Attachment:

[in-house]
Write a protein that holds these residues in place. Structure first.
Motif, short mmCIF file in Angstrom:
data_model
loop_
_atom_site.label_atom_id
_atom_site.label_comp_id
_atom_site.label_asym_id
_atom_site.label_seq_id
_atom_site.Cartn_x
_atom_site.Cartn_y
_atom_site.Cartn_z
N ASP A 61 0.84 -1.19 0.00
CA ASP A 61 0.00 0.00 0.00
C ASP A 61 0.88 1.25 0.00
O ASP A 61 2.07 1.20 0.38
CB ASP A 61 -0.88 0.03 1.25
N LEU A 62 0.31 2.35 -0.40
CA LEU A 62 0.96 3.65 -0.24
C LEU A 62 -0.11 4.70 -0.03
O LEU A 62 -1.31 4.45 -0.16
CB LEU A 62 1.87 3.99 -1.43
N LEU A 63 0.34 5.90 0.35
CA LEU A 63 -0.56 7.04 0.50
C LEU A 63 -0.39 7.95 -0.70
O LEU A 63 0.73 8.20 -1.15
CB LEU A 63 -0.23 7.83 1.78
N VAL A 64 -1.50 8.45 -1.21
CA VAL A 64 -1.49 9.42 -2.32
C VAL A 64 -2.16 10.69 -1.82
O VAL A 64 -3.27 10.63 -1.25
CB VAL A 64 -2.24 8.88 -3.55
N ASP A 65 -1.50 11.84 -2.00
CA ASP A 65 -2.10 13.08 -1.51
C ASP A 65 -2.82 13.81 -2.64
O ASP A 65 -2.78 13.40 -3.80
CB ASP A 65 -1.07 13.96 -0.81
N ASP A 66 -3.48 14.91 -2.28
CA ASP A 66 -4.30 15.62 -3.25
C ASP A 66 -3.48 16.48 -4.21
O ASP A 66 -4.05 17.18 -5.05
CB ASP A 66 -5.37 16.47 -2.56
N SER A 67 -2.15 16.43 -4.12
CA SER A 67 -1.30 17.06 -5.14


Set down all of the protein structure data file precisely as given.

[in-house]
Write a protein that holds these residues in place. Structure first.
Motif, short mmCIF file in Angstrom:
data_model
loop_
_atom_site.label_atom_id
_atom_site.label_comp_id
_atom_site.label_asym_id
_atom_site.label_seq_id
_atom_site.Cartn_x
_atom_site.Cartn_y
_atom_site.Cartn_z
N ASP A 61 0.84 -1.19 0.00
CA ASP A 61 0.00 0.00 0.00
C ASP A 61 0.88 1.25 0.00
O ASP A 61 2.07 1.20 0.38
CB ASP A 61 -0.88 0.03 1.25
N LEU A 62 0.31 2.35 -0.40
CA LEU A 62 0.96 3.65 -0.24
C LEU A 62 -0.11 4.70 -0.03
O LEU A 62 -1.31 4.45 -0.16
CB LEU A 62 1.87 3.99 -1.43
N LEU A 63 0.34 5.90 0.35
CA LEU A 63 -0.56 7.04 0.50
C LEU A 63 -0.39 7.95 -0.70
O LEU A 63 0.73 8.20 -1.15
CB LEU A 63 -0.23 7.83 1.78
N VAL A 64 -1.50 8.45 -1.21
CA VAL A 64 -1.49 9.42 -2.32
C VAL A 64 -2.16 10.69 -1.82
O VAL A 64 -3.27 10.63 -1.25
CB VAL A 64 -2.24 8.88 -3.55
N ASP A 65 -1.50 11.84 -2.00
CA ASP A 65 -2.10 13.08 -1.51
C ASP A 65 -2.82 13.81 -2.64
O ASP A 65 -2.78 13.40 -3.80
CB ASP A 65 -1.07 13.96 -0.81
N ASP A 66 -3.48 14.91 -2.28
CA ASP A 66 -4.30 15.62 -3.25
C ASP A 66 -3.48 16.48 -4.21
O ASP A 66 -4.05 17.18 -5.05
CB ASP A 66 -5.37 16.47 -2.56
N SER A 67 -2.15 16.43 -4.12
CA SER A 67 -1.30 17.06 -5.14